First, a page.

Support for in-house Transit Plus

City report sees merit in some public delivery

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A call for the city to provide 30 per cent of Winnipeg Transit Plus services in-house hasn’t been rejected, though it’s also not slated for immediate action.

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Hey there, time traveller!
This article was published 04/03/2020 (945 days ago), so information in it may no longer be current.

A call for the city to provide 30 per cent of Winnipeg Transit Plus services in-house hasn’t been rejected, though it’s also not slated for immediate action.

Coun. Brian Mayes (St. Vital) has long lobbied for the city to publicly provide that portion of the accessible transit service, which is currently 100 per cent contracted out.

He welcomed a new innovation report that suggests public delivery of the service for wheelchair users could have a “high” feasibility — though the public service doesn’t recommend Winnipeg put that in place right now.

A new innovation report suggests public delivery of the service for wheelchair users could have “high” feasibility — though the public service doesn’t recommend Winnipeg put that in place right now. (Mikaela MacKenzie / Winnipeg Free Press)

“There may yet be a big debate on this,” Mayes said Tuesday.

The councillor noted some of his colleagues have opposed the change, predicting public delivery would cost more.

The report says wheelchair service does account for about 30 per cent of all Transit Plus passengers and rides, and that specific group may be easier to transition to a new operator than a portion of the general ridership.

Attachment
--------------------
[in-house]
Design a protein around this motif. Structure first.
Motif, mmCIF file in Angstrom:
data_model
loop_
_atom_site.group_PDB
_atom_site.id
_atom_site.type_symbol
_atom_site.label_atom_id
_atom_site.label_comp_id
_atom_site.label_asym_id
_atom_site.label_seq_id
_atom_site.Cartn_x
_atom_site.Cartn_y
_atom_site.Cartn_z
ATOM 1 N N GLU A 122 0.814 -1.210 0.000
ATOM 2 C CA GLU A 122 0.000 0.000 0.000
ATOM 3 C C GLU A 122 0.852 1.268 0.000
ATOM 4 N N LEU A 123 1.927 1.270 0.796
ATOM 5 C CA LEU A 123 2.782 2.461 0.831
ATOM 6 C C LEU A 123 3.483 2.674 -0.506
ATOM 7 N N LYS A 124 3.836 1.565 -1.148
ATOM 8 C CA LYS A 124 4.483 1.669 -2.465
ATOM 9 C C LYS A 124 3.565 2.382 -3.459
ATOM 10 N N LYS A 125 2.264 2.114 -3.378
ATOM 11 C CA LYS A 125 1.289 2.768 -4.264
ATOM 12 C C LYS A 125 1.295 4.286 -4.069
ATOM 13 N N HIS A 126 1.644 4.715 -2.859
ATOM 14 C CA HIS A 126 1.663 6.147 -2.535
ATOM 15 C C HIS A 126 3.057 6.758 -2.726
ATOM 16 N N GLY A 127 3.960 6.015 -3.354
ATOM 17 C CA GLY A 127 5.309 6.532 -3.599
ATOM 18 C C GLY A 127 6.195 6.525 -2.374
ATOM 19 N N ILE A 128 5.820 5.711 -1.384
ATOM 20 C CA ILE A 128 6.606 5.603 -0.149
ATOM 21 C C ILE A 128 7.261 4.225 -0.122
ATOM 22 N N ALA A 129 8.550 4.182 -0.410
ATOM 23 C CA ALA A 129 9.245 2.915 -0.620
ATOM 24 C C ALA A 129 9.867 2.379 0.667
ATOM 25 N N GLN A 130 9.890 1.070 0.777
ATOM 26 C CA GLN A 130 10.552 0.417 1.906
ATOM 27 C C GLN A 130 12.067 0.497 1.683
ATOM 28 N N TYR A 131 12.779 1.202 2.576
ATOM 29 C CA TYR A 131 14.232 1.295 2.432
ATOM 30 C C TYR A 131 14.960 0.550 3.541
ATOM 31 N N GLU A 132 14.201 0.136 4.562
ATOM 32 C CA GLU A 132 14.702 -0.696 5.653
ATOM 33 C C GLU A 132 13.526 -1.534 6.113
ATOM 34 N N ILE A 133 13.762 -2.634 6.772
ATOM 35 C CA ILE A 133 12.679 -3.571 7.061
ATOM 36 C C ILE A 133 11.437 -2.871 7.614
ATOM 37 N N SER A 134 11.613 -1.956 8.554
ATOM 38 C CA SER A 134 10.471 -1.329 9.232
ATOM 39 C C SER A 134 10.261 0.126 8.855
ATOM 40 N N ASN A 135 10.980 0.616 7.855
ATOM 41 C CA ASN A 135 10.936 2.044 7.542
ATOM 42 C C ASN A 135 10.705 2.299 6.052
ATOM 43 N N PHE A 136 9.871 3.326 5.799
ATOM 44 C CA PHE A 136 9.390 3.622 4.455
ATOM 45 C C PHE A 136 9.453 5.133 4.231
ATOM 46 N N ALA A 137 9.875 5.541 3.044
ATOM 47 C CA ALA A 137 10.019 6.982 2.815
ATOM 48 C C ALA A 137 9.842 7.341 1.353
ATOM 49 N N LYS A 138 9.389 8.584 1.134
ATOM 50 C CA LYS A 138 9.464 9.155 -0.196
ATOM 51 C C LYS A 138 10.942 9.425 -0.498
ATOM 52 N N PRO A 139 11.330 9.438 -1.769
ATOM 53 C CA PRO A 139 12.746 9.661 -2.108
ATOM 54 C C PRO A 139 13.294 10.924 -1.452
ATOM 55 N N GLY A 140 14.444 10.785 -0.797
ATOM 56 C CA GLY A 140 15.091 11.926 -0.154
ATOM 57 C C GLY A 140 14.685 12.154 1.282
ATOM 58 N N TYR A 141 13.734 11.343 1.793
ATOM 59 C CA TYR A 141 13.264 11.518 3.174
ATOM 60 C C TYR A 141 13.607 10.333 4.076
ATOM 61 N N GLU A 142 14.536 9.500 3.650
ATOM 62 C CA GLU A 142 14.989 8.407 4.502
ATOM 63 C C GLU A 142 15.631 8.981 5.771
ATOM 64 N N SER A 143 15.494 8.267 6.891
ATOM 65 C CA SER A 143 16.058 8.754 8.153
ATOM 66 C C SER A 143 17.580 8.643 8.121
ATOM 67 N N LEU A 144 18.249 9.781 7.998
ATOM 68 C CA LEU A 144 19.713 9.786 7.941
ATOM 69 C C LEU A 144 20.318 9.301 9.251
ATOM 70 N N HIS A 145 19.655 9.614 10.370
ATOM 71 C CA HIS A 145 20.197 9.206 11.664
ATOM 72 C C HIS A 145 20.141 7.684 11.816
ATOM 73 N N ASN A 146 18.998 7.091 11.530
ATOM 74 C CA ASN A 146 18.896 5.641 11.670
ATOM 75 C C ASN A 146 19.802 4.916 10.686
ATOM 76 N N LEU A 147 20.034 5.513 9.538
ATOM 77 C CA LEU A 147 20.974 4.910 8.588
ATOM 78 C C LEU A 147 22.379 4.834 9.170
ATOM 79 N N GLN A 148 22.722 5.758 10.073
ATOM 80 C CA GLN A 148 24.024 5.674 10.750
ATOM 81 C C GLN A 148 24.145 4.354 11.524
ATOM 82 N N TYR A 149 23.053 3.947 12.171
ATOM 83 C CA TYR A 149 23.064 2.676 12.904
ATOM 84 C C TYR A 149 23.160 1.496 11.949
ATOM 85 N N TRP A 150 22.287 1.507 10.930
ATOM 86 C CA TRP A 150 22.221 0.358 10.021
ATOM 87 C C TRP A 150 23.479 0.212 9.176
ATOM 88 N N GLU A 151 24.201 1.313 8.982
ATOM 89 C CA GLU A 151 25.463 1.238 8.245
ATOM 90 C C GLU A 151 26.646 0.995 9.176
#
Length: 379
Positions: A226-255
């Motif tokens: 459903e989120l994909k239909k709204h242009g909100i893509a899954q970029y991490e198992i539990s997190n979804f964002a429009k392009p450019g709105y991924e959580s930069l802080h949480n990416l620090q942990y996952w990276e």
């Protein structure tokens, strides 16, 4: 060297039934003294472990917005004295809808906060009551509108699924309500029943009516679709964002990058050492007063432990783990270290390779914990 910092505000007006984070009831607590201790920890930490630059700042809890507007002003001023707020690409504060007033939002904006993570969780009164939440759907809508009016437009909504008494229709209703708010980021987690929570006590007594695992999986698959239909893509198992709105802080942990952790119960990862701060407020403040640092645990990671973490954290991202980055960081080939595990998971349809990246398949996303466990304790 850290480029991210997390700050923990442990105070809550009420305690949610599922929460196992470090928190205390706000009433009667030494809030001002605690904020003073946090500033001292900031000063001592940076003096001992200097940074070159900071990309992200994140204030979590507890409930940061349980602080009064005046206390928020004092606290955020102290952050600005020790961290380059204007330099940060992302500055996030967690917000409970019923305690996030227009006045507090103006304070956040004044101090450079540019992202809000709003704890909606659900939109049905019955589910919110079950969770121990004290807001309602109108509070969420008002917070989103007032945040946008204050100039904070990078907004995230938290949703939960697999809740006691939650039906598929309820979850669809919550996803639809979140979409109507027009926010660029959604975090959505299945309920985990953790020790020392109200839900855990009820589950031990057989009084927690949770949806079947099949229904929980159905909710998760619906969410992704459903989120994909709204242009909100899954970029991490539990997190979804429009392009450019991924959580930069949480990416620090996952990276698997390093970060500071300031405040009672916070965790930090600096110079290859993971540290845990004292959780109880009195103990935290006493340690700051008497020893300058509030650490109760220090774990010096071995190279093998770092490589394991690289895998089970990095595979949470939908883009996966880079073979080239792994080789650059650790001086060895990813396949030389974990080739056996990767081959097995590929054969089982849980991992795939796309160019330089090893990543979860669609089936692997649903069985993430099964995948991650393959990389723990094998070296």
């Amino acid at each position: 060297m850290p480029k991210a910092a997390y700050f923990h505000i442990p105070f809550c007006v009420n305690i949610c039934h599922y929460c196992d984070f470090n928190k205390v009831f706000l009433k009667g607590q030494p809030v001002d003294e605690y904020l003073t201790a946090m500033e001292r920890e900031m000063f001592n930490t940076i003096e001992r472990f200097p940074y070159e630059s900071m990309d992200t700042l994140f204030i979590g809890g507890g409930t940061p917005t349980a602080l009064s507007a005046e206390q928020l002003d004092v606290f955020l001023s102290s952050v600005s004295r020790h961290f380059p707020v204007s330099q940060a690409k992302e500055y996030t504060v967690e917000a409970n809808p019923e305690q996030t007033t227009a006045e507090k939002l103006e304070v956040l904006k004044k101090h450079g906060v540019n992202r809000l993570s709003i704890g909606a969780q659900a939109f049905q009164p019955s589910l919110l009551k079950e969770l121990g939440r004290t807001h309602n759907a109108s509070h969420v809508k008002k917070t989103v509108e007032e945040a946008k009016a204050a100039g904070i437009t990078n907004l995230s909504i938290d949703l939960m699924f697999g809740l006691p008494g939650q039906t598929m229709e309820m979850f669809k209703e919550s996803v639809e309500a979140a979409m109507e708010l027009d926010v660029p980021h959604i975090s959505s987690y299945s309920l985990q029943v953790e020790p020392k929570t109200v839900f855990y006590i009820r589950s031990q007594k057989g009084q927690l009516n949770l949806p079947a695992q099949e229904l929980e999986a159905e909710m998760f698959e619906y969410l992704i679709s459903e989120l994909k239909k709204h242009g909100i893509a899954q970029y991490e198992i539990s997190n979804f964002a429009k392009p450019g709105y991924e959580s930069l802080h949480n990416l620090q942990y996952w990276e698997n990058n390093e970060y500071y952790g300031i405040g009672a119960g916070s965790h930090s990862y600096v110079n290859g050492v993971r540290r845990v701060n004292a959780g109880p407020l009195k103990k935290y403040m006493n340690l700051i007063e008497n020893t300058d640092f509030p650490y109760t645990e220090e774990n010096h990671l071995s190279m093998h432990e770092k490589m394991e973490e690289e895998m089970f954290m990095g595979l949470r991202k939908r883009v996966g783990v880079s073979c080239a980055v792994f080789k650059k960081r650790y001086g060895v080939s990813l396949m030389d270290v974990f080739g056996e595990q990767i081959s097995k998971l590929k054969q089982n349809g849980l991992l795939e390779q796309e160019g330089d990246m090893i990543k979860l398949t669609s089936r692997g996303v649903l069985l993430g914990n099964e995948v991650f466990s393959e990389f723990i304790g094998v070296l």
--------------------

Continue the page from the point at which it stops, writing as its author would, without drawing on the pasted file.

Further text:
“This category of demand has a consistent set of needs and expectations, and direct delivery of this specific category of service could offer efficiencies from limiting the diversity of the fleet, training, and staff required,” the report notes.

The document does caution a more in-depth cost analysis is still needed.

Mayes said he’ll ask for that option to be fully studied March 9, when council’s innovation committee is set to discuss the report.

He argues some public service would create new competition for the private sector. Mayes said it could be helpful, since the city’s cost to contract out Transit Plus service rose 53 per cent between 2009 and 2016.

“Let’s take a look at bringing some of this back in-house. That way we would have a little more control, a little more bargaining leverage in future discussions with the industry,” said Mayes.

He said public delivery could also help improve service levels. Transit Plus receives thousands of complaints each year, including 4,925 filed during the first 10 months of 2019.

The sticking point on the decision could be funding. The report argues city delivery isn’t expected to produce savings. It also predicts multiple other public delivery options would prove more expensive, reduce service or have unclear outcomes.

Coun. John Orlikow (River Heights-Fort Garry), who chairs the innovation committee, said he’d like to learn more about the wheelchair service option.

“(That) option resonated with me. Maybe there is a place for the city in that role,” said Orlikow.

He said he’s not yet sure how his committee will respond to Mayes’ call for further action.

joyanne.pursaga@freepress.mb.ca

Joyanne Pursaga

Joyanne Pursaga
Reporter

Born and raised in Winnipeg, Joyanne loves to tell the stories of this city, especially when politics is involved. Joyanne became the city hall reporter for the Winnipeg Free Press in early 2020.

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